jamestkirk2282

The joys of radio

In Uncategorized on January 30, 2013 at 1:53 AM

Earlier today, I got rid of the iHeart Radio app that I had, as it appears they had dumped KFAN, which I used to listen to the Minnesota Wild games. In its stead, I discovered an old-time radio app. I am listening to an episode of “Gunsmoke” as I type this. My father introduced me to it when I was a child. Now, as a grown adult, I can smell his cigarettes burning away and his coffee.

Young kids nowadays think the radio is just for the Justin Beaver kids or some such nonsense. I remember as a child, I would watch “Remember WENN” which was a TV show about the radio business in there 40’s. I loved it, and wish that I could find the DVDs online…

Radio, as your grandfather can tell you, used to be the sole source of entertainment for the country before the 1950’s influx of the television. As I listen to Gunsmoke, or even Dragnet, I can imagine the story unfolding in front of me. To me, this and reading a book are the best forms of entertainment available.

Nowadays, as I said before, the radio is dominated by “music” on the FM spectrum, and talk radio on the AM side. Kids today do not know the joys that I had when the mailman rang and I saw the box of cassettes that dad had ordered. I knew that therein lies my evening. If I rode with my grandma to pick up my mom from the late shift of the state tax board, we took a cassette of a radio program with us; neither of us said a word while we rode. She smoked, I listened. I was entranced by the story of Orsen Wells’ “War of the Worlds”. I could picture the orchestra playing, the news program cutting in with the story of the attack; the people running in panic. I was in heaven with thoes tapes.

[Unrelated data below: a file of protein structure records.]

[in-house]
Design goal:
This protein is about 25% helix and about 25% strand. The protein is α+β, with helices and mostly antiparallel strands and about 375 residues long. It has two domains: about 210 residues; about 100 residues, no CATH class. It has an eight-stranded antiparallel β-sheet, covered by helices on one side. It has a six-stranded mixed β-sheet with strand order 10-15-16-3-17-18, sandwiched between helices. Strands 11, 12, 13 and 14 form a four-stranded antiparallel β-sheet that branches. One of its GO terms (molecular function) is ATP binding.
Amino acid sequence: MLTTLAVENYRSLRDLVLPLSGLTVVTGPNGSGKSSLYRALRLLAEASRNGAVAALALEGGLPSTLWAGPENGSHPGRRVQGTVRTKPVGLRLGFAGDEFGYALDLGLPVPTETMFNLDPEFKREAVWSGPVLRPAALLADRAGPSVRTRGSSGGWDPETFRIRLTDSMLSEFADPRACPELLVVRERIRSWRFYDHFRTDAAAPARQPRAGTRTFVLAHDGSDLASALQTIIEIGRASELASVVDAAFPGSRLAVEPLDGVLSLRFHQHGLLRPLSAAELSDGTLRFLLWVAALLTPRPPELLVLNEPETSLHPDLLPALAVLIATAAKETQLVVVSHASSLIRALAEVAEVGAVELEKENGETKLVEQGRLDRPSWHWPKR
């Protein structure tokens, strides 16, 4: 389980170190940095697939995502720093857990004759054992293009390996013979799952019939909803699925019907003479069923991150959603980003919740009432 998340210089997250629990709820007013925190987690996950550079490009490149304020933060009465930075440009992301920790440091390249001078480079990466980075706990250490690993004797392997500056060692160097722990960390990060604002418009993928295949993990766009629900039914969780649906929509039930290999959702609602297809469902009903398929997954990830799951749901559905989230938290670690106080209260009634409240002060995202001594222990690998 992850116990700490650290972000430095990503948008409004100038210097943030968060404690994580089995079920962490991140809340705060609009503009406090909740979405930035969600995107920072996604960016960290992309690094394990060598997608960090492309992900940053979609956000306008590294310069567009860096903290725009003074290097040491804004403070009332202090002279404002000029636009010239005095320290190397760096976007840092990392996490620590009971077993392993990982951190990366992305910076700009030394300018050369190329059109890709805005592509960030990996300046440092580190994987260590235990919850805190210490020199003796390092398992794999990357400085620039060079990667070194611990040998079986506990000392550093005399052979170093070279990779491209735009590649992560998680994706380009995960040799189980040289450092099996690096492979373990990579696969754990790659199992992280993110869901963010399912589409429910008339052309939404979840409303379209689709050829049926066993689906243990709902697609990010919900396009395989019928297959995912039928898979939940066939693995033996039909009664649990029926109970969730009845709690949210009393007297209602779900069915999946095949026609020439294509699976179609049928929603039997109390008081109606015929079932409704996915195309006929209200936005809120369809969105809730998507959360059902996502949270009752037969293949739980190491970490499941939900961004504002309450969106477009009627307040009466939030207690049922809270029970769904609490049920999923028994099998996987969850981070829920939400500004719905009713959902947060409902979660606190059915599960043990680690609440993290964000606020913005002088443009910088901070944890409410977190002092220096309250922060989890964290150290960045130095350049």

Sadly, we lost the radio tapes in our old storage unit, but dad found some Dragnet episodes online and made a copy of them that I now own. I can picture Sergeant Joe Friday shooting the kid who fired at him, and his anguish over what he had done when he later had to deal with his situation as he filled out the paperwork.

I think my favourite part of the old, original broadcasts was all of the Chesterfield advertisements that filled the station breaks. “Doctors recommended Chesterfield brand cigarettes because studies show that smokers who smoked 10-40 a day (10-40 cigarettes a day, mind you) had no ill effects on the nose, throat, lungs or auxiliary organs”. That tagline still brings me a great deal of laughter. Not just because of the absurdity of the claim, but because of the fact that you can no longer advertise ANY tobacco product over the airwaves.

Well, I think that I will continue my excursion into Dodge City now. Thanks all, and be sure to comment with your favourite radio memories

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